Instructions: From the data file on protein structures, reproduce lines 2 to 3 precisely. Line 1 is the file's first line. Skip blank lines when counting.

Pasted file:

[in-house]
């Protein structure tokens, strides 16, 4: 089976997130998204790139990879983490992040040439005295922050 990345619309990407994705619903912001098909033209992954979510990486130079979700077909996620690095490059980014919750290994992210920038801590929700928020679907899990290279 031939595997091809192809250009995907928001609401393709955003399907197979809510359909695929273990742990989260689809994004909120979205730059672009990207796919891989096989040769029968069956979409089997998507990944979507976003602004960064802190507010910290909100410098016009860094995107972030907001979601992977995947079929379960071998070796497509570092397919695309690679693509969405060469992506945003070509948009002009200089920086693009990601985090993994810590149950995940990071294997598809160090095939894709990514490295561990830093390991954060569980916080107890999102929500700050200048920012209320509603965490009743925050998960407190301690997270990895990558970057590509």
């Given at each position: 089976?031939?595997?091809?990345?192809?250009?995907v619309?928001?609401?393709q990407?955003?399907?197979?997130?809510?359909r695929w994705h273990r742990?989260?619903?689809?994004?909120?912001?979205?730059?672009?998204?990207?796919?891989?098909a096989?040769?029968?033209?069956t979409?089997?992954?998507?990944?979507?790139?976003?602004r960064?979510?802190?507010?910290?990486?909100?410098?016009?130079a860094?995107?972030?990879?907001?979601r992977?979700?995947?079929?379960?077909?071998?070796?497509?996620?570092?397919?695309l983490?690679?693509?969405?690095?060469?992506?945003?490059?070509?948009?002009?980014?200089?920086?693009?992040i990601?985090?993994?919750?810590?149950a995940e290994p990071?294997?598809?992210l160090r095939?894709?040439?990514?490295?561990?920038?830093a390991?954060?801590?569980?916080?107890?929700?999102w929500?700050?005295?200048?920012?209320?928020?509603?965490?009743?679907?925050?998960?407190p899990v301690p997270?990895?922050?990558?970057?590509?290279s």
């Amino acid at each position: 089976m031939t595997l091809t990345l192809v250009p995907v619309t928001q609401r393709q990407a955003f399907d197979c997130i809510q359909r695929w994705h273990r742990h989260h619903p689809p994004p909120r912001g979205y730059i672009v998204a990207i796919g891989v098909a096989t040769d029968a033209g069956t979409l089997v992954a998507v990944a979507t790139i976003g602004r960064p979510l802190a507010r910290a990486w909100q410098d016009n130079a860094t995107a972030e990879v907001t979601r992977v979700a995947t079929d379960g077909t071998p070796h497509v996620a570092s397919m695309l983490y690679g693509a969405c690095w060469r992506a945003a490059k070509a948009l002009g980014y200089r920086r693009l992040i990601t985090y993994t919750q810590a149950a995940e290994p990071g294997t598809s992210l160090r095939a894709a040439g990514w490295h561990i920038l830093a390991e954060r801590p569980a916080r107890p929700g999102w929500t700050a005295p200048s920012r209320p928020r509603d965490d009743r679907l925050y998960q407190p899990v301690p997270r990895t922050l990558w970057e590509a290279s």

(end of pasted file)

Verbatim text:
């Protein structure tokens, strides 16, 4: 089976997130998204790139990879983490992040040439005295922050 990345619309990407994705619903912001098909033209992954979510990486130079979700077909996620690095490059980014919750290994992210920038801590929700928020679907899990290279 031939595997091809192809250009995907928001609401393709955003399907197979809510359909695929273990742990989260689809994004909120979205730059672009990207796919891989096989040769029968069956979409089997998507990944979507976003602004960064802190507010910290909100410098016009860094995107972030907001979601992977995947079929379960071998070796497509570092397919695309690679693509969405060469992506945003070509948009002009200089920086693009990601985090993994810590149950995940990071294997598809160090095939894709990514490295561990830093390991954060569980916080107890999102929500700050200048920012209320509603965490009743925050998960407190301690997270990895990558970057590509």
């Given at each position: 089976?031939?595997?091809?990345?192809?250009?995907v619309?928001?609401?393709q990407?955003?399907?197979?997130?809510?359909r695929w994705h273990r742990?989260?619903?689809?994004?909120?912001?979205?730059?672009?998204?990207?796919?891989?098909a096989?040769?029968?033209?069956t979409?089997?992954?998507?990944?979507?790139?976003?602004r960064?979510?802190?507010?910290?990486?909100?410098?016009?130079a860094?995107?972030?990879?907001?979601r992977?979700?995947?079929?379960?077909?071998?070796?497509?996620?570092?397919?695309l983490?690679?693509?969405?690095?060469?992506?945003?490059?070509?948009?002009?980014?200089?920086?693009?992040i990601?985090?993994?919750?810590?149950a995940e290994p990071?294997?598809?992210l160090r095939?894709?040439?990514?490295?561990?920038?830093a390991?954060?801590?569980?916080?107890?929700?999102w929500?700050?005295?200048?920012?209320?928020?509603?965490?009743?679907?925050?998960?407190p899990v301690p997270?990895?922050?990558?970057?590509?290279s």